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Dealing With 'Maskne'? Here's How to Help Your Skin

woman worrying about acne from face mask.

 Boyloso / Getty Images

Key Takeaways

  • Many people are experiencing more acne breakouts due to mask-wearing, referred to as "maskne."
  • Products with skin barrier-building ingredients such as ceramide, hyaluronic acid, and squalane can help prevent this type of acne.
  • Exercise caution when using active ingredients to treat maskne, since masks can intensify the effect of the product on your skin.

Covering up our faces when we leave the house is a public health necessity during the COVID-19 pandemic, but it's leading to its own unique issue: "maskne."

The term refers to any type of acne or lesion triggered by the long-term use of masks and personal protective equipment (PPE). The most common type of maskne is acne mechanica, which involves eruptions that result from the mechanical friction of an object on the skin, according to Ranella Hirsch, MD, FAAD, a dermatologist based in Boston, Massachusetts.

“A classic example of acne mechanica is the chin strap on a teenage athlete’s protective gear,” Hirsch tells Verywell. 

For some people, maskne manifests as different types of pimples: pustules, papules, nodules, and cysts. Dustin Portela, DO, a dermatologist based in Boise, Idaho, tells Verywell that this could actually be perioral dermatitis or rosacea disguising themselves as traditional acne. These conditions stem from a compromised skin barrier and can lead to redness or small bumps centered around hair follicles.

Luckily, maskne is not a medical mystery. It’s possible to tailor your skincare routine to both prevent and treat it.

What This Means For You

If you've noticed breakouts around the area where your mask usually sits, you may be experiencing "maskne." To make your skin more resilient, dermatologists suggest establishing a skincare routine incorporating barrier-repairing, gentle ingredients, including a fragrance-free moisturizer and a sunscreen. You can spot-treat with salicylic acid or benzoyl peroxide, but be wary of using an excessive amount of potentially irritating ingredients.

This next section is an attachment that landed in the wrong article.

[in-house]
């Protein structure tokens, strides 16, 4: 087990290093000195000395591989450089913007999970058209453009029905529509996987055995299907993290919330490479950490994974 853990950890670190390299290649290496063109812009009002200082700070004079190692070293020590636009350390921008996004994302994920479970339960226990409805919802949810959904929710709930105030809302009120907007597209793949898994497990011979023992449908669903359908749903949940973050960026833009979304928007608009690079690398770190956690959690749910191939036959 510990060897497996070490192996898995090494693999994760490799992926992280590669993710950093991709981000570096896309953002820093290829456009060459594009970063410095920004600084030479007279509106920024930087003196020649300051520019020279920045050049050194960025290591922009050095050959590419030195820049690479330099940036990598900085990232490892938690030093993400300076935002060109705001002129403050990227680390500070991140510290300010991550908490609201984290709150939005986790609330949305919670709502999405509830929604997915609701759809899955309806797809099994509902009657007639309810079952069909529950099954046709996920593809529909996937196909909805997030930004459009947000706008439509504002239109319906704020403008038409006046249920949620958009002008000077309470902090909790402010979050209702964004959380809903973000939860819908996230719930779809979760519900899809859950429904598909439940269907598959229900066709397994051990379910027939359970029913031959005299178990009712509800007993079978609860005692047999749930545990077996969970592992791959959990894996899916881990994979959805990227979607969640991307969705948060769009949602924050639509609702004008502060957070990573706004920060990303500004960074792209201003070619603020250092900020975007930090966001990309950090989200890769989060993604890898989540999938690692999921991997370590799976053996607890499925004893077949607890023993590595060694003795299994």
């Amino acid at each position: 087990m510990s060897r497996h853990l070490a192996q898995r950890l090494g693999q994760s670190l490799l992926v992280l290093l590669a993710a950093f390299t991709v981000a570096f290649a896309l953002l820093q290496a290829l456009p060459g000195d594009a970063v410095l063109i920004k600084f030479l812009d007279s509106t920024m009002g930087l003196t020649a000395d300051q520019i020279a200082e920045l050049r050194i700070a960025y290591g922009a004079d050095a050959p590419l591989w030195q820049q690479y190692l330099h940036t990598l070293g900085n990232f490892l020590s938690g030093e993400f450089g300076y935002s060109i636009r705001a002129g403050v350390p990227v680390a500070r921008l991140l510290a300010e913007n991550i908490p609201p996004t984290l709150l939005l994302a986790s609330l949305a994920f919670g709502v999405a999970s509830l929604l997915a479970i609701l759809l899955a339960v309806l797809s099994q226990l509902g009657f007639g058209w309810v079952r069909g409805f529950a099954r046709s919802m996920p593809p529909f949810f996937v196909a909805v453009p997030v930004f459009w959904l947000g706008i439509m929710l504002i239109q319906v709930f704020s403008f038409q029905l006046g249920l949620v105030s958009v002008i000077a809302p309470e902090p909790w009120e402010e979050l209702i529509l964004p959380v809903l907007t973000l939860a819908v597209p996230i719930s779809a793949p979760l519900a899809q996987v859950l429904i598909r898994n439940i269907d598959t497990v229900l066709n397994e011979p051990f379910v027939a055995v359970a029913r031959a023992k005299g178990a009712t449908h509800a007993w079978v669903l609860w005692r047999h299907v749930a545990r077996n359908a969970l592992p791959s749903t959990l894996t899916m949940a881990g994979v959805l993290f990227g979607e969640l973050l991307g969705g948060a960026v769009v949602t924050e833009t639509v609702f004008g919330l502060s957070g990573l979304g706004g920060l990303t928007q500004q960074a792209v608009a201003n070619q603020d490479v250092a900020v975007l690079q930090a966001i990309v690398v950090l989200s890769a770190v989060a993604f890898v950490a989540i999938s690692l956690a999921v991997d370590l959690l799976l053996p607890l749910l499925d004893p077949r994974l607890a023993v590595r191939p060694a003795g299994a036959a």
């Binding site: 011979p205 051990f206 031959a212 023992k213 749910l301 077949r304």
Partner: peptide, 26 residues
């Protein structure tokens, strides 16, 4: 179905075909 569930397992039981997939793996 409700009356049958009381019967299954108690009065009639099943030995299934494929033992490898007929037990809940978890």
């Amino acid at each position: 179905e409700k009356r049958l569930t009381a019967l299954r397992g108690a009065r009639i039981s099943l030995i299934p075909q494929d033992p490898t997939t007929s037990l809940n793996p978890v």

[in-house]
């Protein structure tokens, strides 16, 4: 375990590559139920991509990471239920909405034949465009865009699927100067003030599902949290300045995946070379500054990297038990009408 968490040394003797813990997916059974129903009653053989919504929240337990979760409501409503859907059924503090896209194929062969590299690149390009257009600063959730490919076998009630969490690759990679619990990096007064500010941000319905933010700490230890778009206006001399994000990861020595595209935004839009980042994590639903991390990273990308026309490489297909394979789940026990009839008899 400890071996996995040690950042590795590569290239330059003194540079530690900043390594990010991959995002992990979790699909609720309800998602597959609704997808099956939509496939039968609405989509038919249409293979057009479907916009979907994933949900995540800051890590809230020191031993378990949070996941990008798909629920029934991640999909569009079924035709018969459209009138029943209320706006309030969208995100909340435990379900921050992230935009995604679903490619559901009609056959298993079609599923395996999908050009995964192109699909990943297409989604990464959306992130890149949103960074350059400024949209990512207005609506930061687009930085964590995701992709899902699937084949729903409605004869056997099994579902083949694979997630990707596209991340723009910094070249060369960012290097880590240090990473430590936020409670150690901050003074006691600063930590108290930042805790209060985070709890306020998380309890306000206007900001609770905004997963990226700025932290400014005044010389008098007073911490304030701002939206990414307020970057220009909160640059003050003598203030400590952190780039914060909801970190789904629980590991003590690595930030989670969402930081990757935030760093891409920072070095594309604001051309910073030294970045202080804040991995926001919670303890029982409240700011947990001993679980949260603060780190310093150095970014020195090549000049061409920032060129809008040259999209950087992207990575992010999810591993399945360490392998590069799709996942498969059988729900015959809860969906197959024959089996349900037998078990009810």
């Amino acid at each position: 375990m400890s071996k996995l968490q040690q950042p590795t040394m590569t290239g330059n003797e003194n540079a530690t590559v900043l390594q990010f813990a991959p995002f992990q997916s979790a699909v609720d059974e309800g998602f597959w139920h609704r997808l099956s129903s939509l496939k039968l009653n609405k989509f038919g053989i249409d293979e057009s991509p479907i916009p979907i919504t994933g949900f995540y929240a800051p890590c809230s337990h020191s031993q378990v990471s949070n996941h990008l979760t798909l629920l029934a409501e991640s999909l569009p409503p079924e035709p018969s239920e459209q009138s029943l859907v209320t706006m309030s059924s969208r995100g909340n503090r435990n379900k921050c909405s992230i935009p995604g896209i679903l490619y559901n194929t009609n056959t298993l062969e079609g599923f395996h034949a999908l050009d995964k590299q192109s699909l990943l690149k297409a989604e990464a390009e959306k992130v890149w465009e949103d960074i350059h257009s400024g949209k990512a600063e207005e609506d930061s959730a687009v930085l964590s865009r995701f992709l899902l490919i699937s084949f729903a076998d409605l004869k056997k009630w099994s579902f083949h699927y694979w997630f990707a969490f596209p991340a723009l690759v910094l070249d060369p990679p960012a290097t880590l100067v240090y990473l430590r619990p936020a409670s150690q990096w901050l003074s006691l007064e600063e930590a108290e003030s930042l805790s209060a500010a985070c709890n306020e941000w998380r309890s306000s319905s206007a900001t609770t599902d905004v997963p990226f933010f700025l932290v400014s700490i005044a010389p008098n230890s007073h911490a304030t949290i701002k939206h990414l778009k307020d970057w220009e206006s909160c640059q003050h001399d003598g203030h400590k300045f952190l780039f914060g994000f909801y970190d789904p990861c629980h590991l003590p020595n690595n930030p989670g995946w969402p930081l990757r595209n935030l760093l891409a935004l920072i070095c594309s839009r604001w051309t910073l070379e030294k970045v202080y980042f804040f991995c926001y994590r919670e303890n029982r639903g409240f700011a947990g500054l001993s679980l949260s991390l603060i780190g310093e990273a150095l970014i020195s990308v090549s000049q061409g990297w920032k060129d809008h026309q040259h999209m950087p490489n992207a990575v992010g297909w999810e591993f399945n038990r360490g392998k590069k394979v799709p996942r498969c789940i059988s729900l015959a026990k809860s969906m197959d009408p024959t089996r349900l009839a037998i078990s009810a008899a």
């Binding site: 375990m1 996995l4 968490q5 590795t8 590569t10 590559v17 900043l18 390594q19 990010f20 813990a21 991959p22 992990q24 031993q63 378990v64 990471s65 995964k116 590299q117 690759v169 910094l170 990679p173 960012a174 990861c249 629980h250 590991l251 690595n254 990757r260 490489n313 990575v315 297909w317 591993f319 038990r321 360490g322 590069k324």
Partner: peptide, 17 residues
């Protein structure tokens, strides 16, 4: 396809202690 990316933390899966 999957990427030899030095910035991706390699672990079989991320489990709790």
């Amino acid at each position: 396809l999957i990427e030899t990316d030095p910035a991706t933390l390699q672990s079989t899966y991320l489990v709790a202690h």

How to Treat Maskne

While you may want to coat your skin in acne-fighting ingredients, doctors advise against over-exfoliating your skin with strong chemicals. More powerful products should only be used as spot treatments.

"Some will find that the use of ‘actives’ will cause more irritation than normal," Portela says. "So it may be important to hold off on frequent use of chemical peeling or exfoliating solutions, retinoids, and scrubs."

"Actives" refer to products that modify the skin at the cellular level using active ingredients. This can include chemical exfoliants such as benzoyl peroxide and salicylic acid, as well as vitamin A derivatives such as retinol and Tretinoin.

If you overdo it on these products, your skin can become hyper-sensitized and dehydrated. This can cause your skin to produce more oil to help heal itself from within, leading to more chances for clogging.

“In some circumstances, an over-the-counter acne cream with benzoyl peroxide or salicylic acid could be helpful as a spot treatment," Portela says. "In other circumstances, prescription medications that are designed for rosacea may be needed."